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New measles alert: one international & two domestic flights

11 March 2014

New measles alert: one international and two domestic flights

Passengers on the following flights have been exposed to measles, advises Auckland Regional Public Health Service (ARPHS):
• Air New Zealand flight NZ501 from Auckland to Christchurch, departing 6.50am on 2 March;
• Air New Zealand flight NZ548 from Christchurch to Auckland, departing 6.55pm on 4 March;
• Singapore Airlines flight SQ285 from Singapore to Auckland, departing 4 March.

“We can confirm there was a person with measles, who was not a confirmed case at the time of flying, but who would have been infectious at the time of travel on the two Air New Zealand flights,” reports Medical Officer of Health Dr Richard Hoskins.

In addition, a person with measles on the Singapore Airlines flight was also infectious at the time of travel.

It can take 10-14 days for someone who has caught measles to start showing any symptoms. Anyone on these flights who may have caught measles should be starting to feel unwell, if they’re not already, between 11 and 18 March.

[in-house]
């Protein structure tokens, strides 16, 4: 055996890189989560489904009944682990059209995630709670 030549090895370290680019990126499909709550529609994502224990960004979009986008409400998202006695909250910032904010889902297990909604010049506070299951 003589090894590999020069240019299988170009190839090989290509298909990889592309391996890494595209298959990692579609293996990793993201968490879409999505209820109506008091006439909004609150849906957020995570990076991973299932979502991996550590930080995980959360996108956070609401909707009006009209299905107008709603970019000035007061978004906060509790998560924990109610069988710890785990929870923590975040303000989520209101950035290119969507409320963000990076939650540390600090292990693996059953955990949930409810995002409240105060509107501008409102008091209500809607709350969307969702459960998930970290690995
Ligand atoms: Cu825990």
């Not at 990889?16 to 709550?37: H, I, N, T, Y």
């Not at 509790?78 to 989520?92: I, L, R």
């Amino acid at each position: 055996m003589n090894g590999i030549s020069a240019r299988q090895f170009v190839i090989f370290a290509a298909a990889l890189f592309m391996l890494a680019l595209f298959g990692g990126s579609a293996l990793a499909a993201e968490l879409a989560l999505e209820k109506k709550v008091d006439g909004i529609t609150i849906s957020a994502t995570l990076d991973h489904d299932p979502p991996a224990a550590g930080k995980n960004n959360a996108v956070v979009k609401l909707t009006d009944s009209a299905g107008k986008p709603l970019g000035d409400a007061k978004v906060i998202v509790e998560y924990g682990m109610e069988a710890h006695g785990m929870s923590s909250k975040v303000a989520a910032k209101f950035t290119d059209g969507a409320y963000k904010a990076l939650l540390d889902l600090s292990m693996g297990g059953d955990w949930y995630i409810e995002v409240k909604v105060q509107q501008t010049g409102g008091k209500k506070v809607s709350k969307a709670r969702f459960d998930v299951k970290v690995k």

“Passengers who sat nearest these cases have the highest risk and are our first priority,” says Dr Hoskins, “and their local public health service will try to contact them if they might be susceptible. However because measles is an infectious, airborne disease, we want all passengers to be aware and vigilant.”

Any passengers from this flight who feel unwell should phone their GP or call Healthline on 0800 611 116 for advice. It is vitally important to call first before seeing a doctor because measles is highly infectious, and people with measles can infect others in the waiting room.

Please see our website for measles symptoms and an update on the current numbers:

Measles is a serious illness, says Dr Hoskins, and there is no treatment. “The only way to avoid catching measles is to have had two measles vaccines after your first birthday. Please check with your GP to see if you and your family are protected.”

For vaccination advice contact the Immunisation Advisory Centre on 0800 IMMUNE or visit


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